[JDEV] Jabber Client Design Tutorial
julian at jabber.org
Mon Sep 24 20:57:15 CDT 2001
First off, I don't believe in the idea of having similar-looking Jabber
clients. It would be nice to have a defacto client for each OS which
looks and acts similarly, but beyond that, I want creativity to shine. I
want to see different approaches at IM, not 20 VB clients for windows
which look and act *exactly the same* - what's the point in that?
Jens Alfke wrote:
> * Your list of status states in Jabber is wrong. The default is called
> "Available", not "None". There is no "N/A", instead you mean "XA"
> ("extended away", and I have yet to see any coherent description of how
> this differs from regular "away".) Also, "invisible" is not currently
> supported by the Jabber server; if you manually set your presence to
> "unavailable" you stop receiving presence or messages. There's also an
> implicit "unknown" state for people whose presence you don't have a
> subscription to (presumably because they haven't approved your request
Actually, latest jabberd does support invisible.
> * You don't mention one issue that bugs me about current Jabber clients.
> The Jabber "resource name" is associated with a particular login. The
> best usage of this is to identify the location of the client, i.e.
> "work" or "laptop" or "home". For a non-PC client the type might be
> useful, like "cellphone" or "T900 pager". However, whenever I look at my
> buddy list it seems like most of the clients (gabber, winjab, etc.) just
> use the name of the client as the resource name. This is fairly useless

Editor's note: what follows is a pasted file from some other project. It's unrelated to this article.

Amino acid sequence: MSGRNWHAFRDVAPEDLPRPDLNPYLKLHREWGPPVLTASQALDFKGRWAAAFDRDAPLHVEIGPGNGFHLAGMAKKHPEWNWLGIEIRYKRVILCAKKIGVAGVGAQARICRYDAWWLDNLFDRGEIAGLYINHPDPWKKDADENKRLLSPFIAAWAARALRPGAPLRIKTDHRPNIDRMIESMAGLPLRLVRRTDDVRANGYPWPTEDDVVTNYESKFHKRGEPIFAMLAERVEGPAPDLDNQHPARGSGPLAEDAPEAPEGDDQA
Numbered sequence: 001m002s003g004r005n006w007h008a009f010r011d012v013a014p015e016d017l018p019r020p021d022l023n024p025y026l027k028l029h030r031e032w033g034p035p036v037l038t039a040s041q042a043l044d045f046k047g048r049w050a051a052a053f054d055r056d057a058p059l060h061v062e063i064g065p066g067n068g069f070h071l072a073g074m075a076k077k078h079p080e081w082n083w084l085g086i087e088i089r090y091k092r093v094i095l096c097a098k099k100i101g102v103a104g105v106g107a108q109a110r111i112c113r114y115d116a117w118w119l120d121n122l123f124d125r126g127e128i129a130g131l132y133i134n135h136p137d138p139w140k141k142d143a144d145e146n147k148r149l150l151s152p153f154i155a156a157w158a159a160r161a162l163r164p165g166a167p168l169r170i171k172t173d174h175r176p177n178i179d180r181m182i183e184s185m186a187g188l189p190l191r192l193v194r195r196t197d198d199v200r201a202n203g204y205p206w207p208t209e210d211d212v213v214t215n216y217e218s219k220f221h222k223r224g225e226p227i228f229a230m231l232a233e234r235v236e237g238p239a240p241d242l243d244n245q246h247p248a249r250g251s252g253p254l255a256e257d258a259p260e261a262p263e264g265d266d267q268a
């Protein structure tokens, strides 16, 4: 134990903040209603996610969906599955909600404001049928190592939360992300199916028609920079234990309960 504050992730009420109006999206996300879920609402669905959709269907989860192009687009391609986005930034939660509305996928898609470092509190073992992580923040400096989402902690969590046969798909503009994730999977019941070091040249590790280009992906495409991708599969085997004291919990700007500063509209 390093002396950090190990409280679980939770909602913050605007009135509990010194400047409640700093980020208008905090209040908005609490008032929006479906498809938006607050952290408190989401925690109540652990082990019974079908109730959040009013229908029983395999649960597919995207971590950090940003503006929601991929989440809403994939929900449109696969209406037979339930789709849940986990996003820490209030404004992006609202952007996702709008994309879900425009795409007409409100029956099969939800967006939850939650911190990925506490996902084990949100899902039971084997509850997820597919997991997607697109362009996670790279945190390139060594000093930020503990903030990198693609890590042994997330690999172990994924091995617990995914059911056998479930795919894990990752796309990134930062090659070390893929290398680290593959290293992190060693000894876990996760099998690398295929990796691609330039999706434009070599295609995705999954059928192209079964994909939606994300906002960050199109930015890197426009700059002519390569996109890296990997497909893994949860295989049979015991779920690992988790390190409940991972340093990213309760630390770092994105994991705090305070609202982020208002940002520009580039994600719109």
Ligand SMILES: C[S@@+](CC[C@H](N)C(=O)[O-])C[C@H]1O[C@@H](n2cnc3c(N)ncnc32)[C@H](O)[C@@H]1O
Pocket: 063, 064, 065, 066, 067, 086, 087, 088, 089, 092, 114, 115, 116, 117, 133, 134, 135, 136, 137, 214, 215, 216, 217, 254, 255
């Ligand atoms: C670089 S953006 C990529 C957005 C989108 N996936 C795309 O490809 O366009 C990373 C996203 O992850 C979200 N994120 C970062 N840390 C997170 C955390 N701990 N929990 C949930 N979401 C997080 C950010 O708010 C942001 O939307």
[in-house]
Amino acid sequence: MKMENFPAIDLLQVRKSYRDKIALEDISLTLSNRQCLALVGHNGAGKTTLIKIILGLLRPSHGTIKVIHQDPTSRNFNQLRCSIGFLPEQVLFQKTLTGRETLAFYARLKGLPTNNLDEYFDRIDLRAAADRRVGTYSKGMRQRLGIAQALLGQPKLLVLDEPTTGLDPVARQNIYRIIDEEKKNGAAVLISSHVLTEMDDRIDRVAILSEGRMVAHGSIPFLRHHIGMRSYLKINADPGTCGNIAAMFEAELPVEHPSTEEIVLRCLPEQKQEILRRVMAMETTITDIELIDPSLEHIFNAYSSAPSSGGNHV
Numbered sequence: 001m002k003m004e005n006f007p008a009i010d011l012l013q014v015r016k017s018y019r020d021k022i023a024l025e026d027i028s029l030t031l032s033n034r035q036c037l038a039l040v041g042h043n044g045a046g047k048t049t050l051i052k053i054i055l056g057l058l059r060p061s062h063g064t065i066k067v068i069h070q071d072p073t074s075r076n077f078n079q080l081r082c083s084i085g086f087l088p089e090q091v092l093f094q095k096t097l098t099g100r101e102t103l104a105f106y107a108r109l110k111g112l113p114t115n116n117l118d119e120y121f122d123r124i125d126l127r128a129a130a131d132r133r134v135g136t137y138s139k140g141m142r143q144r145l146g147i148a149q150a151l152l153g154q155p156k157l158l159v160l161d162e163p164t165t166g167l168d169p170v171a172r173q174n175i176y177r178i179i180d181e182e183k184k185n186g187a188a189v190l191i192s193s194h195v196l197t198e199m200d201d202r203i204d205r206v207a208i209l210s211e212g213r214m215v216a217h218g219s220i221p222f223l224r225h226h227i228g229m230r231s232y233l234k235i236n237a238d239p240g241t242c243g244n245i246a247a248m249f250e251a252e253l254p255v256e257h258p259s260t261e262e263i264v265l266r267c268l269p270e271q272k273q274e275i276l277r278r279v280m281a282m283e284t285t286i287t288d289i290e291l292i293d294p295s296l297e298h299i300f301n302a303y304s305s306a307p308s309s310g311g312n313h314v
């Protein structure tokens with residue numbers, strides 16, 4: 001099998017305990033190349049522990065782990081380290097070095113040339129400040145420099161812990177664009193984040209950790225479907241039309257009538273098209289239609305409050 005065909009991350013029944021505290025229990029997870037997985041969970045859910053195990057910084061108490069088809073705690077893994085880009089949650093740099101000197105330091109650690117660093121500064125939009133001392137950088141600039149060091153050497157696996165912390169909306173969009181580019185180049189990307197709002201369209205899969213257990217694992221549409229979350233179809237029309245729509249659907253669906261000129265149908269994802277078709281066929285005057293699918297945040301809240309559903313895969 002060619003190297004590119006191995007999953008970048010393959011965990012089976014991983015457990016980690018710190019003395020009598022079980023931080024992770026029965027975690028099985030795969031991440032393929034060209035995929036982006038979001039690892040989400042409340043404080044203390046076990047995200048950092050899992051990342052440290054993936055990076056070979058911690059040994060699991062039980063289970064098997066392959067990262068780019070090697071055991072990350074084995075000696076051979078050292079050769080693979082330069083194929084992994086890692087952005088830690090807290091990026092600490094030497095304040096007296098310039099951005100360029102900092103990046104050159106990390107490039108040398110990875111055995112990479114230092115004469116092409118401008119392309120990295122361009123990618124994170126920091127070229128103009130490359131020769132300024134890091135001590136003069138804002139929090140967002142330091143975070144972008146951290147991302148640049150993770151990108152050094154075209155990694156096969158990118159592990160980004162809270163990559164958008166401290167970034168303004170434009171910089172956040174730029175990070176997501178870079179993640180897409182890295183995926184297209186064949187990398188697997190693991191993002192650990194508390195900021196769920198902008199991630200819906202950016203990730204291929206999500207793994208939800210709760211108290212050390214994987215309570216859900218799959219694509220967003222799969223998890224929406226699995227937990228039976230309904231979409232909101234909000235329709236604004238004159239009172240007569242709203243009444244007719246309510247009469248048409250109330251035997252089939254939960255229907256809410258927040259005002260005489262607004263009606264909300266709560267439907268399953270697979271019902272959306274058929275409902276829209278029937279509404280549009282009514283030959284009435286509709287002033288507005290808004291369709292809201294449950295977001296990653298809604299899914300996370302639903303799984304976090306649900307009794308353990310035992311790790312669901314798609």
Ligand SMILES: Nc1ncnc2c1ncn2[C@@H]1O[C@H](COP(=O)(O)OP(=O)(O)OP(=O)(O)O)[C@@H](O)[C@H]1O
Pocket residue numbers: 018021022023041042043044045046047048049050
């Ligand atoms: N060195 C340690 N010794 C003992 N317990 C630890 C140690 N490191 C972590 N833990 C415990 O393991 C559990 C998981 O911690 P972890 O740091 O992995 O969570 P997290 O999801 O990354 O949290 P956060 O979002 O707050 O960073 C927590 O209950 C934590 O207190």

> -- usually I don't care what brand of desktop client they use. It /is/
> often useful to know whether they're at home, at work, in a cafe,
> whatever. IMHO the client, when first run, should ask the user to enter
> a resource name, and it should store that as a persistent preference.
> This type-in field should not default to the brand name of the client;
> it should be blank to encourage the user to type something meaningful.
According to all statistics I can get ahold of and from various small user tests - people do *not* easily understand the concept of a resource unless they specifically intend to be logged in multiple times - and *most* users never use that feature of Jabber. Therefore, 'Gabber' is the default resource to reduce confusion - if the user doesn't understand it, they don't have to become frustrated trying to figure out what is going on. They can live happily without know what a resource is. That's the entire point of the MacOS HI guideline which states that options are nice, but you *must* *have* *good* *defaults*.
If in the future the majority of users need to understand the concept of
a resource, I'll gladly remove the default, but the point of UI is to
reduce the amount of information a user must learn and retain.
I need sleep
email: julian at jabber.org
jabber:julian at jabber.org
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